"Good vs. Evil," by Tara Carreon
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Re: Burzynski: The Movie, directed by Eric Merola

Postby admin » Fri Mar 11, 2016 10:39 pm

[JUDGE EARL A. CORBITT, RET., ADMINISTRATIVE LAW JUDGE EMERITUS] I had never heard of Dr. Burzynski. I didn't know anything about him.
I never was quite clear what the Board's problem was.
The Board did not bring any expert witnesses to contest points that were raised by Dr. Burzynski. Now, without an expert witness to render an opinion in certain areas, I can't give any credence to an opinion raised by a layman.
And Dr. Burzynski brought in Dr. Nicholas Patronas.

[NARRATOR] Some of the most dramatic testimony on Dr. Burzynski's behalf ...
came from Dr. Nicholas Patronas ...

[JUDGE EARL A. CORBITT, RET., ADMINISTRATIVE LAW JUDGE EMERITUS] Doctor, why don't you have a seat up here.

[NARRATOR] a Georgetown University expert who was a member of the National Cancer Institute's team ...
that analyzed seven of Dr. Burzynski's cases.

[NICHOLAS PATRONAS, M.D., NATIONAL CANCER INSTITUTE'S CHIEF OF RADIOLOGY] The basic conclusion was that in five of the patients ...
with brain tumors that were fairly large ...
the tumor resolved, disappeared.
It's amazing ...
the fact that they are leaving.
It's impressive, and unbelievable.

[JUDGE EARL A. CORBITT, RET., ADMINISTRATIVE LAW JUDGE EMERITUS] He was quite a witness. He said he had never seen anything like what Dr. Burzynski was able to accomplish with his antineoplastons in brain cancer.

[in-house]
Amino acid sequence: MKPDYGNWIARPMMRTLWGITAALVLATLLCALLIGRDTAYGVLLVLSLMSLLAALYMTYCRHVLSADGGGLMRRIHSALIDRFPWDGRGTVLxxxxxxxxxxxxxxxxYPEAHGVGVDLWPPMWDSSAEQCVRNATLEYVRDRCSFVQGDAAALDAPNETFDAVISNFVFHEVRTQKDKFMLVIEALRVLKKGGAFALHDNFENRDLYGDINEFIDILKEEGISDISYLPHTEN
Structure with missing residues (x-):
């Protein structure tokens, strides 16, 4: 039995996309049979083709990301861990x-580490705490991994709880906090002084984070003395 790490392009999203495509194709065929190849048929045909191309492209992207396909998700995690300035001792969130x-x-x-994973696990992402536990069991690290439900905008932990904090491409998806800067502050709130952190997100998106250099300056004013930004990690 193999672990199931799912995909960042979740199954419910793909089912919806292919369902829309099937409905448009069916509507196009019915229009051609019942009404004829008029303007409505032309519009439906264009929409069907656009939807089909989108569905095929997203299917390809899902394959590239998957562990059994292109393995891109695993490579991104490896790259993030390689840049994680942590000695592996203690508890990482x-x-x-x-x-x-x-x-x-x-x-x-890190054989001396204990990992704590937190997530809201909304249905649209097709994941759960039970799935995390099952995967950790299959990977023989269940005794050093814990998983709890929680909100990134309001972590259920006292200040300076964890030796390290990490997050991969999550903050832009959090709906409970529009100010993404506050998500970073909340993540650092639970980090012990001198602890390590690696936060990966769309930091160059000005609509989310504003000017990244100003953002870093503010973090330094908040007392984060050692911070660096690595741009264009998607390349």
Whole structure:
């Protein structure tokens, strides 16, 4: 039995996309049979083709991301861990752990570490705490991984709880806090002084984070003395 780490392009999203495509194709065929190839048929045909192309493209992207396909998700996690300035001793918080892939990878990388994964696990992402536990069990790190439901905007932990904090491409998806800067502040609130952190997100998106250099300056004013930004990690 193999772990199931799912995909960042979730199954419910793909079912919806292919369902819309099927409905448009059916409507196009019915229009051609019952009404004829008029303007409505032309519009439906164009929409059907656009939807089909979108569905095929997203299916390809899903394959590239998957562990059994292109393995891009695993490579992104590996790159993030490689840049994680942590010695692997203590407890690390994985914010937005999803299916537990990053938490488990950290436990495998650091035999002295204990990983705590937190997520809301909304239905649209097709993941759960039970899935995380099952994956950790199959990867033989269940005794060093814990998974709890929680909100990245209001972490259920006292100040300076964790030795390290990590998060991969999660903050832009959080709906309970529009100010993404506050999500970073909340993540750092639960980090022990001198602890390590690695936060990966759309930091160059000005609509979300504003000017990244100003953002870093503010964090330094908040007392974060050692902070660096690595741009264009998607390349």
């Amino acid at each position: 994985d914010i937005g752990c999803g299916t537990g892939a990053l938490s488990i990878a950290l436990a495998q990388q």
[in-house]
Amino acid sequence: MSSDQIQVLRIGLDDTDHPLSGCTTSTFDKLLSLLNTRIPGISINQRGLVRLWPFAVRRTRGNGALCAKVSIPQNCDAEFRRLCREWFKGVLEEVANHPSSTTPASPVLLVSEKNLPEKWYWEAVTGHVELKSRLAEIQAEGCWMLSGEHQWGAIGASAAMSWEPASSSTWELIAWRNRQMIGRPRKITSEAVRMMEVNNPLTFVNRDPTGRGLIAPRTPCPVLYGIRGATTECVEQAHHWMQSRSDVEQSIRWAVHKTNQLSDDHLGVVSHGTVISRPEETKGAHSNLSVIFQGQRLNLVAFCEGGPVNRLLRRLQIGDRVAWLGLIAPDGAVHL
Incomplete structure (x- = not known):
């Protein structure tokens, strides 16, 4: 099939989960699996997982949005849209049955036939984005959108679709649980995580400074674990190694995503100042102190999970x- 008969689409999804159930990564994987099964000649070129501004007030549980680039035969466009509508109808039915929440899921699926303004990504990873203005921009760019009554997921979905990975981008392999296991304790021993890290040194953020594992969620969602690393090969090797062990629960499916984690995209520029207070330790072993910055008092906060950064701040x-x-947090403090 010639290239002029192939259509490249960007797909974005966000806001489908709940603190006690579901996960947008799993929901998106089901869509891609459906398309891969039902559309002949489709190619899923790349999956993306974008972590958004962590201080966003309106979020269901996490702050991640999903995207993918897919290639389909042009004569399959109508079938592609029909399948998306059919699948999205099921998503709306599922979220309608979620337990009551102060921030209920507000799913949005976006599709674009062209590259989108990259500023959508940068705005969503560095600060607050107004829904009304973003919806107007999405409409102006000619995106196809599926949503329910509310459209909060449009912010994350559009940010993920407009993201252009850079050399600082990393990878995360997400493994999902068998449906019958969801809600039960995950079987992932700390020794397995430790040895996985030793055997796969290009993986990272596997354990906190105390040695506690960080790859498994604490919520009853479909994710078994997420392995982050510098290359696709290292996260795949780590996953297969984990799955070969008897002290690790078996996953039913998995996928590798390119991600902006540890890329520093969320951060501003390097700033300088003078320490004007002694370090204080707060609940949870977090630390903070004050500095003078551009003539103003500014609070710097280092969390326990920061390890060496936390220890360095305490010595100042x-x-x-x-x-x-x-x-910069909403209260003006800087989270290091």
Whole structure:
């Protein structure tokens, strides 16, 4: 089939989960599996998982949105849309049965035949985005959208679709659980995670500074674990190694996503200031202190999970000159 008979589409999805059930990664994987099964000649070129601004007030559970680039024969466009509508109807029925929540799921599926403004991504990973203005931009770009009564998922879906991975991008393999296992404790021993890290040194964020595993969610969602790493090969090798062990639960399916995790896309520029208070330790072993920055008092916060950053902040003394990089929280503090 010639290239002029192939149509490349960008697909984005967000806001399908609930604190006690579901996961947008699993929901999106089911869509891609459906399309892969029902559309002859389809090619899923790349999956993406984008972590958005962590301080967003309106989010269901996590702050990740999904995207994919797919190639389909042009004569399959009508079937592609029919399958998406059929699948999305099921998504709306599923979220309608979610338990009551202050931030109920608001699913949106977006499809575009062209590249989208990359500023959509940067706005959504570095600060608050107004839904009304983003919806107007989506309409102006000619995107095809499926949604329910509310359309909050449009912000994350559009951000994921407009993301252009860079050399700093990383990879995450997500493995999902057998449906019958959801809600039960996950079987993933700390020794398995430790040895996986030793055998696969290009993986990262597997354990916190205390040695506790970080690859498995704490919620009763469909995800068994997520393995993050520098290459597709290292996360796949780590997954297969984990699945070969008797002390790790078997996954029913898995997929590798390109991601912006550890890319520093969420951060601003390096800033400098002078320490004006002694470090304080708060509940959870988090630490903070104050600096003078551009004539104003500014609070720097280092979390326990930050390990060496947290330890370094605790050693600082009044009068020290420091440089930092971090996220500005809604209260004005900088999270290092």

He had one young boy there who had been, he was about 12, at the hearing. Strapping lad. A good-sized boy. But when he was first started on treatment, when he was about four years old -- I think his name was Paul --
he was given up on by his original doctor.

[NARRATOR] When Mary Michaels took the stand ...
on behalf of her son Paul ...
she trained her eyes ...
on the State's attorney.

[MARY MICHAELS] And I have enough to worry about when I go to bed at night about my son and my family ...
I don't need to worry that this treatment is going to be taken away.

[DEWEY E. HELMCAMP, III, Assistant Attorney General] What do you think might happen if --
Nevermind.
Nevermind. I have no other questions.

[JUDGE EARL A. CORBITT, RET., ADMINISTRATIVE LAW JUDGE EMERITUS] For all I know, the kid may still be alive.

[Paul Michaels in 2011 -- 25 years old remains cancer-free]